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Shadow SitesPhotography, Archaeology, and the British Landscape 1927–1955$
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Kitty Hauser

Print publication date: 2007

Print ISBN-13: 9780199206322

Published to Oxford Scholarship Online: November 2020

DOI: 10.1093/oso/9780199206322.001.0001

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PRINTED FROM OXFORD SCHOLARSHIP ONLINE (oxford.universitypressscholarship.com). (c) Copyright Oxford University Press, 2021. All Rights Reserved. An individual user may print out a PDF of a single chapter of a monograph in OSO for personal use. date: 04 August 2021

Revenants in the Landscape: The Discoveries of Aerial Photography

Revenants in the Landscape: The Discoveries of Aerial Photography

Chapter:
(p.151) 4 Revenants in the Landscape: The Discoveries of Aerial Photography
Source:
Shadow Sites
Author(s):

Kitty Hauser

Publisher:
Oxford University Press
DOI:10.1093/oso/9780199206322.003.0009

In 1937 John Piper’s article ‘Prehistory from the Air’ was published in the final volume of the modernist art journal Axis. In it, Piper compares the landscapes of southern England, seen from above, with the modernist works of Miró and Picasso (Fig. 4.1). His interest in the aerial view is not, however, confined to its Formalist-aesthetic aspect; Piper also points out how flying and aerial photography have accelerated archaeological theory and practice. Aerial photographs, he writes, ‘have elucidated known sites of earthworks and have shown the sites of many that were previously unknown’. They are also, he continues, ‘among the most beautiful photographs ever taken’. The aerial view, it seems, could be both investigative and aesthetic. The use of aerial photography by archaeologists, known as ‘aerial archaeology’, began in earnest in Britain in the decade in which Piper was writing, although its possibilities were beginning to be suspected in the 1920s, after the use of aerial photography for reconnaissance purposes in the First World War. In the interwar period it was British archaeologists who pioneered the new methods of aerial archaeology. In his book on aerial archaeology, Leo Deuel notes that until the 1950s ‘no other European country had made any comparable effort to tap the almost limitless store of information consecutive cultures had imprinted on its soil’. As many commentators pointed out, the British landscape offered plenty of such ‘information’: the series of invasions, settlements, clearances, and developments that constitute British history have made the landscape a veritable palimpsest, the layers of which can potentially be revealed in an aerial view. Archaeologists became expert in deciphering aerial views of this palimpsest, as we shall see. But such views of Britain exercised an appeal beyond archaeological circles. Aerial photography showed Britain as it had never before been seen; it revealed aspects of the landscape hitherto unknown, or at least never before visualized in such concrete form. The aerial view ‘made strange’ long-familiar features: hills seemed to disappear, towns and cities might appear tiny, rivers and roads ran through the two-dimensional scene like veins.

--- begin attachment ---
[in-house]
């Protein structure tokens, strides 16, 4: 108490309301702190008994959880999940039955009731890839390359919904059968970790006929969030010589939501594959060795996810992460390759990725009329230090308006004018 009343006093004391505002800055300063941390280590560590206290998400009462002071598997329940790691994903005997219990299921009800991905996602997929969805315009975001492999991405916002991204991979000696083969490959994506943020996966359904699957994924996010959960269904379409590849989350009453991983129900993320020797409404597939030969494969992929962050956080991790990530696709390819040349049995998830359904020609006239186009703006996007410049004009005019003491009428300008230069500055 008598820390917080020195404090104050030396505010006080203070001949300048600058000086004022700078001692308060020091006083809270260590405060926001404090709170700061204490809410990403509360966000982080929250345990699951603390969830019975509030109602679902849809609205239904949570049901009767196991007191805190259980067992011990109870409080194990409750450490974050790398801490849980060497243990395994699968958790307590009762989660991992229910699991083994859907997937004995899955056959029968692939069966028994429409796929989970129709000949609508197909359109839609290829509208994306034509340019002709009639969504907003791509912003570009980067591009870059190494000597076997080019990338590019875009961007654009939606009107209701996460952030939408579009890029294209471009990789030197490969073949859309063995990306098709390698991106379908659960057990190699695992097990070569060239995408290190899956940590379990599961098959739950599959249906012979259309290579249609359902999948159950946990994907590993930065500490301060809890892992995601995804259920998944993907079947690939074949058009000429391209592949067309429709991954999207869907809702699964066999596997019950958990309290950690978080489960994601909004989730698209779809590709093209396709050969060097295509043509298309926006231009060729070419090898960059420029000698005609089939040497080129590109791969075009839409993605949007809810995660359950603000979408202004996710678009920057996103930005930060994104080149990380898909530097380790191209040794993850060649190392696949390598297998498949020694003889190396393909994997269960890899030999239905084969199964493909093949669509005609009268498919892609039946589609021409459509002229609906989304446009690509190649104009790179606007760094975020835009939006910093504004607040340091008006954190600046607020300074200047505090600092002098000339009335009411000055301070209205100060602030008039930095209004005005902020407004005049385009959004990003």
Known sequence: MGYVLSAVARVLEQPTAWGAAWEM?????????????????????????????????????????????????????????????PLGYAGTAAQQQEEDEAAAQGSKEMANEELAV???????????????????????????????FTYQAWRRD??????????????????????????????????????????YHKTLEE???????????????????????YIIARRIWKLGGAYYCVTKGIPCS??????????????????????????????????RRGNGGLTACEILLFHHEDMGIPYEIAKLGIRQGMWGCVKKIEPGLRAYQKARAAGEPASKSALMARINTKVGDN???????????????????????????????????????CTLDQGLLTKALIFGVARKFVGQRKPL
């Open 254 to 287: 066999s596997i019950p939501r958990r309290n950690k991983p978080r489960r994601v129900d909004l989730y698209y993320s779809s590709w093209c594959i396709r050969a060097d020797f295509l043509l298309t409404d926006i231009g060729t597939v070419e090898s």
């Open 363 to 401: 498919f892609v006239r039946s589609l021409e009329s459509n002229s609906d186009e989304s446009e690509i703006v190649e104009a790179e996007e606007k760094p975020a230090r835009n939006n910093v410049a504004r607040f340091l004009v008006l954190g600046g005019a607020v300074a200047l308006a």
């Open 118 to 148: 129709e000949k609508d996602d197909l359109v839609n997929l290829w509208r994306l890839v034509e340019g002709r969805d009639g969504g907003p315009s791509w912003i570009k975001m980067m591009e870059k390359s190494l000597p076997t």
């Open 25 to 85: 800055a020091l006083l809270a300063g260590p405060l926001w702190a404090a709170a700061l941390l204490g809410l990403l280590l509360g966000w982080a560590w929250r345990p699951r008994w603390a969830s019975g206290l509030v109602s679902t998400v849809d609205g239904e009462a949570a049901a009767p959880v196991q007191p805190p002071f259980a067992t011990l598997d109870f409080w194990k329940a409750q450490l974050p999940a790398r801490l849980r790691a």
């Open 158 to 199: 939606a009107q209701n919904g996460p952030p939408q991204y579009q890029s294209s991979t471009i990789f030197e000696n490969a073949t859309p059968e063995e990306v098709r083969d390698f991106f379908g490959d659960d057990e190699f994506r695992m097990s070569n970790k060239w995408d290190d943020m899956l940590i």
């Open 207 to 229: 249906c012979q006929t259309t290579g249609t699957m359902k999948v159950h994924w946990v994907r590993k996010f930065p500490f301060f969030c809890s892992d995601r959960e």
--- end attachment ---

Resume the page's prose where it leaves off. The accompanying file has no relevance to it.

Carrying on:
Keywords:   Antiquity, Butser Hill, Cornwall, Hertfordshire, Lyonesse, Neo-Romanticism, Oxfordshire, Scotland, Tennyson, Uffington

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